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J Vasc Surg. 2003 Apr;37(4):821-6.

Brachiobasilic arteriovenous fistula: different surgical techniques and their effects on fistula patency and dialysis-related complications.

Author information

1
Vascular Surgery Department, Faculty of Medicine, Menofia University, Egypt. ahosny21@hotmail.com

Abstract

OBJECTIVE:

Easy access to the vascular system is vital in patients with chronic renal failure undergoing long-term hemodialysis. Such patients often require multiple operations, and options for secondary or tertiary access procedures become increasingly limited. Brachiobasilic arteriovenous fistula offers excellent access in such difficult cases and is increasingly preferred over prosthetic grafts. Many surgical techniques have been described to create such fistulas. The purpose of this study was to determine the difference in long-term patency and dialysis-related complications among various techniques.

METHODS:

Seventy brachiobasilic arteriovenous fistulas were constructed in 70 patients. This was the secondary or tertiary access in 88.6% of patients. The basilic vein was transposed in 30 patients and elevated in 40 patients; twenty veins were elevated with a one-stage technique, and 20 were elevated with a two-stage (delayed elevation) technique.

RESULTS:

The early failure rate was 5.7% in the entire group. Sixty-six fistulas (94.3%) were successfully used for dialysis. Mean follow-up was 25.8 months (range, 4-36 months). Four fistulas (5.7%) required additional procedures during follow-up, 2 in the transposed vein group and 2 in the elevated vein group. Cumulative secondary patency rate, measured with the Kaplan-Meier survival method, was 86.7%, 90%, and 84.2% at 1 year for the transposed, one-stage, and two-stage elevation procedures, respectively, compared with 82.8%, 70%, and 68.4% at 2 years. The difference was statistically nonsignificant. Forty-two complications developed in 29 (43.9%) fistulas. Thirteen fistulas (19.7%) had more than one complication. Twelve complications in 10 fistulas (35.7%) were recorded in the transposition group, 15 complications in 9 fistulas (47.4%) in the one-stage elevation group, and 15 complications in 10 fistulas (52.6%) in the two-stage elevation group. The total complication rate was higher in the elevated fistulas (71.4% vs 28.6%); the difference was statistically highly significant (P <.001). The most common complication was arm edema (21.2%; n = 14), followed by puncture site-related hematoma (16.7%; n = 11) and thrombosis (16.7%; n = 11). Hematoma was statistically more common (P <.05) in the elevated vein group (26.3% vs 3.6%). The difference in thrombosis between the transposition and elevation groups (23.7% vs 7.1%) was not significant. Hematoma preceded thrombosis in 63.7% (7 of 11) of the fistulas, and it was the major predisposing factor for fistula failure. Transposed vein was easier to manage by dialysis staff. All nurses were satisfied with the transposed veins, but only 53.3% were satisfied with the elevated veins; the difference was statistically highly significant (P <.001).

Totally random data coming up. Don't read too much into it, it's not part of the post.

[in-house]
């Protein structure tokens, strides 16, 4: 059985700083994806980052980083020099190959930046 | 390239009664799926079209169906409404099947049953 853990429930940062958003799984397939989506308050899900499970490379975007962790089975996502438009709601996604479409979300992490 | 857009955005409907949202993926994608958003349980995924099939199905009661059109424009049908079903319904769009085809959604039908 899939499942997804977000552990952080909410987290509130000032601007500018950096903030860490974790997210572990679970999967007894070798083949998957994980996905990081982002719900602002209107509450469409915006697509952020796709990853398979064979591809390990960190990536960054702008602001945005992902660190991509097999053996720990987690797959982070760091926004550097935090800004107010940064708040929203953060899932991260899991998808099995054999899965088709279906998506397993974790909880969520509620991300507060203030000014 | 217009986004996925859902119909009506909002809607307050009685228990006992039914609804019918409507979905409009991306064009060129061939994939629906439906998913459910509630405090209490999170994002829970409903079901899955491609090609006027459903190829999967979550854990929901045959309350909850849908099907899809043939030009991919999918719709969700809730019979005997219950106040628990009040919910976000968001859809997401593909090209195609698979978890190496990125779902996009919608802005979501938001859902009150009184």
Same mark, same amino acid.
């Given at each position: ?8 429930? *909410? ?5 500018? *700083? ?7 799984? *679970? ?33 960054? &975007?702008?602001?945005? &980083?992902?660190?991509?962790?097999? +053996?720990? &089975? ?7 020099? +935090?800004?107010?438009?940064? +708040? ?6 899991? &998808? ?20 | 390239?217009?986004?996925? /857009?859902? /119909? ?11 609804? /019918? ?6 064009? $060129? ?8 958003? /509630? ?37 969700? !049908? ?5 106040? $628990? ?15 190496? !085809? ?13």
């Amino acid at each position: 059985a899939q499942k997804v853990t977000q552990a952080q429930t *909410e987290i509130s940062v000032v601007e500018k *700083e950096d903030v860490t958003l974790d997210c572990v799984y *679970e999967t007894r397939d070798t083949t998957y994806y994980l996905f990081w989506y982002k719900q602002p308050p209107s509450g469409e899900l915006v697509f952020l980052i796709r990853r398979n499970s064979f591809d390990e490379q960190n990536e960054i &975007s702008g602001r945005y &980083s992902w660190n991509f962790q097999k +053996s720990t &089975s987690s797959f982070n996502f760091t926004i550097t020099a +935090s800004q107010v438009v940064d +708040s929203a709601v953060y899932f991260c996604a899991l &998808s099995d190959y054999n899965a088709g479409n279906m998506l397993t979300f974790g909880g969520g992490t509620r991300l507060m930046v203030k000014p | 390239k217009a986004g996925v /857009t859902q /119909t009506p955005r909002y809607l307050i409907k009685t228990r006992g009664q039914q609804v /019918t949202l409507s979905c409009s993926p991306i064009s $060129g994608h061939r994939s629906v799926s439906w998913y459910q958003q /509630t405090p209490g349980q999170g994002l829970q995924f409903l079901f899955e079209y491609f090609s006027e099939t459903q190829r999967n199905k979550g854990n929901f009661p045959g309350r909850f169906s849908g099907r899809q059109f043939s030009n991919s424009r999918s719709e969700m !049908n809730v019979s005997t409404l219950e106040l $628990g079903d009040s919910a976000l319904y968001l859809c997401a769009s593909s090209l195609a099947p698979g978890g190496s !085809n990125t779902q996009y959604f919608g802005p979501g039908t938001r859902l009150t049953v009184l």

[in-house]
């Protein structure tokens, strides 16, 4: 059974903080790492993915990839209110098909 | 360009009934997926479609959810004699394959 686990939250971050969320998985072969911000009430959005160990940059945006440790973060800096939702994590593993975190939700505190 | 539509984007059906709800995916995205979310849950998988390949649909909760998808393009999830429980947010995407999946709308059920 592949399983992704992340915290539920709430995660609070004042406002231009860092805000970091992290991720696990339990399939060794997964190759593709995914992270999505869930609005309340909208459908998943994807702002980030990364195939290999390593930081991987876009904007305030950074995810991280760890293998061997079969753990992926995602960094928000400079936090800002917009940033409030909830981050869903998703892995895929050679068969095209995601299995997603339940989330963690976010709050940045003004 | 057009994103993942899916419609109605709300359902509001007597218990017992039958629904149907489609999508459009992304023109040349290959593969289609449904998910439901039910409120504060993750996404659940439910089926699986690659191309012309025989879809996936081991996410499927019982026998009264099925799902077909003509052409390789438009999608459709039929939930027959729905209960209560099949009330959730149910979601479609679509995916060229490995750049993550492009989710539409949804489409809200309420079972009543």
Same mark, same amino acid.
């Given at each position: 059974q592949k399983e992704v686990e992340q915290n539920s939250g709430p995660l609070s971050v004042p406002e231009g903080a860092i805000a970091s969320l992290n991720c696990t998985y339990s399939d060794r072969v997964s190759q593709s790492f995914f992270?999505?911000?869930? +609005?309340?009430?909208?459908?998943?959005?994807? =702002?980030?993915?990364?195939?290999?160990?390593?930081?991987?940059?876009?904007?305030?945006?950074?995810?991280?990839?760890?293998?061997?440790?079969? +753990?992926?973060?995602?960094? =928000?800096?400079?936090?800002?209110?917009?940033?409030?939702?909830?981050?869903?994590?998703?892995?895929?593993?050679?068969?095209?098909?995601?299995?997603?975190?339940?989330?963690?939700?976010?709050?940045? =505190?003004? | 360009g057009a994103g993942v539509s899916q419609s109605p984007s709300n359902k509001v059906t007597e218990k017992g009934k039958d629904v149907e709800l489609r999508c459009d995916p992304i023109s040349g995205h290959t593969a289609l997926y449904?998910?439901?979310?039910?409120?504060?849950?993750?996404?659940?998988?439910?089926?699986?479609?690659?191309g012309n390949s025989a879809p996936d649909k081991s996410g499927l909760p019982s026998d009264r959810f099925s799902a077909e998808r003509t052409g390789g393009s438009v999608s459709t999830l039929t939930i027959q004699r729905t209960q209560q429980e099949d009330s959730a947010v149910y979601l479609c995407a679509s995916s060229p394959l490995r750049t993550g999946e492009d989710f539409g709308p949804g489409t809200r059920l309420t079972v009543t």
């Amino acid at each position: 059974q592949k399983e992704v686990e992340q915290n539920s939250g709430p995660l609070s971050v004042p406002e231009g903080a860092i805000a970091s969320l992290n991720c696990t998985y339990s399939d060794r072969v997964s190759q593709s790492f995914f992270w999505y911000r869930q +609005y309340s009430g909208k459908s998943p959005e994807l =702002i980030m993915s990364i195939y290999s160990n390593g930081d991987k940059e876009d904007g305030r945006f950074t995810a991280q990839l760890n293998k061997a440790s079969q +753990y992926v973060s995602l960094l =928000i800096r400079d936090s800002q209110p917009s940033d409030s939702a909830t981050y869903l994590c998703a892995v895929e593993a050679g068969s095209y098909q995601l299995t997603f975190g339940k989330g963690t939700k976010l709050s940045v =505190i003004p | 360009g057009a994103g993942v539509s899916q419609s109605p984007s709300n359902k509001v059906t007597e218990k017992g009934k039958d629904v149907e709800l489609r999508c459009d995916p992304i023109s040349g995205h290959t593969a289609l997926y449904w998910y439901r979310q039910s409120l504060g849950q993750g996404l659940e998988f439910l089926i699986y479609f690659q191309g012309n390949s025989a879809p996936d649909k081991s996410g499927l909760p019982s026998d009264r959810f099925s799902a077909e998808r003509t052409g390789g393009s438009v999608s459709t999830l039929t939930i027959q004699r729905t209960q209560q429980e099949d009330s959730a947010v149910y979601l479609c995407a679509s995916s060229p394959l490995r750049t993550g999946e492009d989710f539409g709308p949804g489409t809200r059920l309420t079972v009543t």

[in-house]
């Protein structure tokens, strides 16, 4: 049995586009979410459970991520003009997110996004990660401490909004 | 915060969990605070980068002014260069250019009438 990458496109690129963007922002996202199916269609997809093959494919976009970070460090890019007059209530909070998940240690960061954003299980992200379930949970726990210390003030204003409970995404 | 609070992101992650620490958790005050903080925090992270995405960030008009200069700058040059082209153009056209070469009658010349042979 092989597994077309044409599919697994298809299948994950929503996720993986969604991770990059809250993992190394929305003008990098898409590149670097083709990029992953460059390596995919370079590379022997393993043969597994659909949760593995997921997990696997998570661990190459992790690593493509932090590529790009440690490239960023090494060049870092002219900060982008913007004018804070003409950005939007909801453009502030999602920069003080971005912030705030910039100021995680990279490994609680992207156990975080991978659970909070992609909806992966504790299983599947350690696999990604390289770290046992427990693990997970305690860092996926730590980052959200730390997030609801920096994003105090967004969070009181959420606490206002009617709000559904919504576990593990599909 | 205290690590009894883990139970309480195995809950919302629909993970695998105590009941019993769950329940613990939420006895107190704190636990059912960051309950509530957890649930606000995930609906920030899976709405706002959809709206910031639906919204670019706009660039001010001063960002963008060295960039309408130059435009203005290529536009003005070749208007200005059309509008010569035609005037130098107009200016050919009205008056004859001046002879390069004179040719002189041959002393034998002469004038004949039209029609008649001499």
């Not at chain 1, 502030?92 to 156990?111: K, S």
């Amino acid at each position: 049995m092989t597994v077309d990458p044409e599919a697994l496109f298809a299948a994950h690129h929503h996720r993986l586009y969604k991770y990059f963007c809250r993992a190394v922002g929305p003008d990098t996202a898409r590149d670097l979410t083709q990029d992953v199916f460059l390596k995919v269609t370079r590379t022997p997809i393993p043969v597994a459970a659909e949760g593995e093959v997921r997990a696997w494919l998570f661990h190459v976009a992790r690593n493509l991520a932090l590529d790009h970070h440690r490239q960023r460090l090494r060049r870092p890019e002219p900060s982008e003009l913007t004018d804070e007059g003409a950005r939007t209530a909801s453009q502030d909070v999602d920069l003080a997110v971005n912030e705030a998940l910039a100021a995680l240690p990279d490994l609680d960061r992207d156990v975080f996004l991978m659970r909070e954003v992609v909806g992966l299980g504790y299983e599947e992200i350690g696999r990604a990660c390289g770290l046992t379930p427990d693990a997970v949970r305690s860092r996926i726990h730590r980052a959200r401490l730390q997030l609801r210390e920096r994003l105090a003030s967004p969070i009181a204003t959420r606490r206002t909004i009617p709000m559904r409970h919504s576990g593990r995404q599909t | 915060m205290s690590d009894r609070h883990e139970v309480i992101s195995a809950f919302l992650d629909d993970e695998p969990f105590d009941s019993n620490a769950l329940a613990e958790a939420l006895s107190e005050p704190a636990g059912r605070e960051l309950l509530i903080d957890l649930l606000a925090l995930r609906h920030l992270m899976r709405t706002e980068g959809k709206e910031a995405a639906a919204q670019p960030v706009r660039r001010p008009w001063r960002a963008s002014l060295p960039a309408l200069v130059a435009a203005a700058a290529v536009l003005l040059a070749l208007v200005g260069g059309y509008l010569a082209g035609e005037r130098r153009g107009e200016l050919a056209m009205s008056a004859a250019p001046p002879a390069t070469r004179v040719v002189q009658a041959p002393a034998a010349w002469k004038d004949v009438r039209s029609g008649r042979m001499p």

CONCLUSION:

Available techniques for creating brachiobasilic arteriovenous fistula are associated with good patency rate, and most related complications can be treated conservatively without loss of the fistula. Among the various procedures, transposition has a lower complication rate and is favored by the dialysis staff dealing with such fistulas.

PMID:
12663983
DOI:
10.1067/mva.2003.181
[Indexed for MEDLINE]
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